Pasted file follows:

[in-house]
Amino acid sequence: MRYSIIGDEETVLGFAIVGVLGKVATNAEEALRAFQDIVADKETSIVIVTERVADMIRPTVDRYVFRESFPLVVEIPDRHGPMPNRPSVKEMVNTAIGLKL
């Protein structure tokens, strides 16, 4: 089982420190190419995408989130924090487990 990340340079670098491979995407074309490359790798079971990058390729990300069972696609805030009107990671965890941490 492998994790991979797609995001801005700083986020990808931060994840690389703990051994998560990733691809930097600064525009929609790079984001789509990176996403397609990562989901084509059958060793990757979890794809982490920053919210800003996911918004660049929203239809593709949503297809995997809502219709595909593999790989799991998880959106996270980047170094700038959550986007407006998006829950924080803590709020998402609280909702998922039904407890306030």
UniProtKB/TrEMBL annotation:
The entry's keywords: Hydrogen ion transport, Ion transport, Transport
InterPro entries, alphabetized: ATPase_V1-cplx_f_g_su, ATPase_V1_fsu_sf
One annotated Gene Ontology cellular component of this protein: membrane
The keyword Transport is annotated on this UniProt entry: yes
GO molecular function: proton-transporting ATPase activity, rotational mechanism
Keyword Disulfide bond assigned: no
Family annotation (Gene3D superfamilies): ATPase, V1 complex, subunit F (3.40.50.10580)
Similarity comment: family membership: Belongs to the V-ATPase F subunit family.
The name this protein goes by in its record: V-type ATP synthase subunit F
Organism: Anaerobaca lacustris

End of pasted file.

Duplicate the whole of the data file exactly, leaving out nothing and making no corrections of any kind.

[in-house]
Amino acid sequence: MRYSIIGDEETVLGFAIVGVLGKVATNAEEALRAFQDIVADKETSIVIVTERVADMIRPTVDRYVFRESFPLVVEIPDRHGPMPNRPSVKEMVNTAIGLKL
């Protein structure tokens, strides 16, 4: 089982420190190419995408989130924090487990 990340340079670098491979995407074309490359790798079971990058390729990300069972696609805030009107990671965890941490 492998994790991979797609995001801005700083986020990808931060994840690389703990051994998560990733691809930097600064525009929609790079984001789509990176996403397609990562989901084509059958060793990757979890794809982490920053919210800003996911918004660049929203239809593709949503297809995997809502219709595909593999790989799991998880959106996270980047170094700038959550986007407006998006829950924080803590709020998402609280909702998922039904407890306030």
UniProtKB/TrEMBL annotation:
The entry's keywords: Hydrogen ion transport, Ion transport, Transport
InterPro entries, alphabetized: ATPase_V1-cplx_f_g_su, ATPase_V1_fsu_sf
One annotated Gene Ontology cellular component of this protein: membrane
The keyword Transport is annotated on this UniProt entry: yes
GO molecular function: proton-transporting ATPase activity, rotational mechanism
Keyword Disulfide bond assigned: no
Family annotation (Gene3D superfamilies): ATPase, V1 complex, subunit F (3.40.50.10580)
Similarity comment: family membership: Belongs to the V-ATPase F subunit family.
The name this protein goes by in its record: V-type ATP synthase subunit F
Organism: Anaerobaca lacustris